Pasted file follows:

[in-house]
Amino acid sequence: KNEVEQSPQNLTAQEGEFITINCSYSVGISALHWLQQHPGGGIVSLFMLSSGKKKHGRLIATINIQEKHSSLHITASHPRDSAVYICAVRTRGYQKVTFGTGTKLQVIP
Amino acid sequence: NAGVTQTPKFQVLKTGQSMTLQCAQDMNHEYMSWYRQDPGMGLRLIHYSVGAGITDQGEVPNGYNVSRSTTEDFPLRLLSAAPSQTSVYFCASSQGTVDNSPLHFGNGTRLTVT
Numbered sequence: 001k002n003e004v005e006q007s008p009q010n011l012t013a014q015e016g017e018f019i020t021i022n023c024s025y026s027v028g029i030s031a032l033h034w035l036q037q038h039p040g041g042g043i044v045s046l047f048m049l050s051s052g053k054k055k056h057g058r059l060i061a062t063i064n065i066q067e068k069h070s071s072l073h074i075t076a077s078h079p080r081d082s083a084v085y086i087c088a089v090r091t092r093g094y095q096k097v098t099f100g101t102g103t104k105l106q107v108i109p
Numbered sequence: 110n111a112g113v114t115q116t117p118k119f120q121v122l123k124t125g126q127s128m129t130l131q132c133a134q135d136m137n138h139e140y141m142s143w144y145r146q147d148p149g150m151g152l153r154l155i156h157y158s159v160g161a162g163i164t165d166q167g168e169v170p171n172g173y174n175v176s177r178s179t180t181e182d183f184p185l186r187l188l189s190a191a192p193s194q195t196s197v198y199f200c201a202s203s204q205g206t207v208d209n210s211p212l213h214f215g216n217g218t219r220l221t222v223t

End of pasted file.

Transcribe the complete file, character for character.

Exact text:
[in-house]
Amino acid sequence: KNEVEQSPQNLTAQEGEFITINCSYSVGISALHWLQQHPGGGIVSLFMLSSGKKKHGRLIATINIQEKHSSLHITASHPRDSAVYICAVRTRGYQKVTFGTGTKLQVIP
Amino acid sequence: NAGVTQTPKFQVLKTGQSMTLQCAQDMNHEYMSWYRQDPGMGLRLIHYSVGAGITDQGEVPNGYNVSRSTTEDFPLRLLSAAPSQTSVYFCASSQGTVDNSPLHFGNGTRLTVT
Numbered sequence: 001k002n003e004v005e006q007s008p009q010n011l012t013a014q015e016g017e018f019i020t021i022n023c024s025y026s027v028g029i030s031a032l033h034w035l036q037q038h039p040g041g042g043i044v045s046l047f048m049l050s051s052g053k054k055k056h057g058r059l060i061a062t063i064n065i066q067e068k069h070s071s072l073h074i075t076a077s078h079p080r081d082s083a084v085y086i087c088a089v090r091t092r093g094y095q096k097v098t099f100g101t102g103t104k105l106q107v108i109p
Numbered sequence: 110n111a112g113v114t115q116t117p118k119f120q121v122l123k124t125g126q127s128m129t130l131q132c133a134q135d136m137n138h139e140y141m142s143w144y145r146q147d148p149g150m151g152l153r154l155i156h157y158s159v160g161a162g163i164t165d166q167g168e169v170p171n172g173y174n175v176s177r178s179t180t181e182d183f184p185l186r187l188l189s190a191a192p193s194q195t196s197v198y199f200c201a202s203s204q205g206t207v208d209n210s211p212l213h214f215g216n217g218t219r220l221t222v223t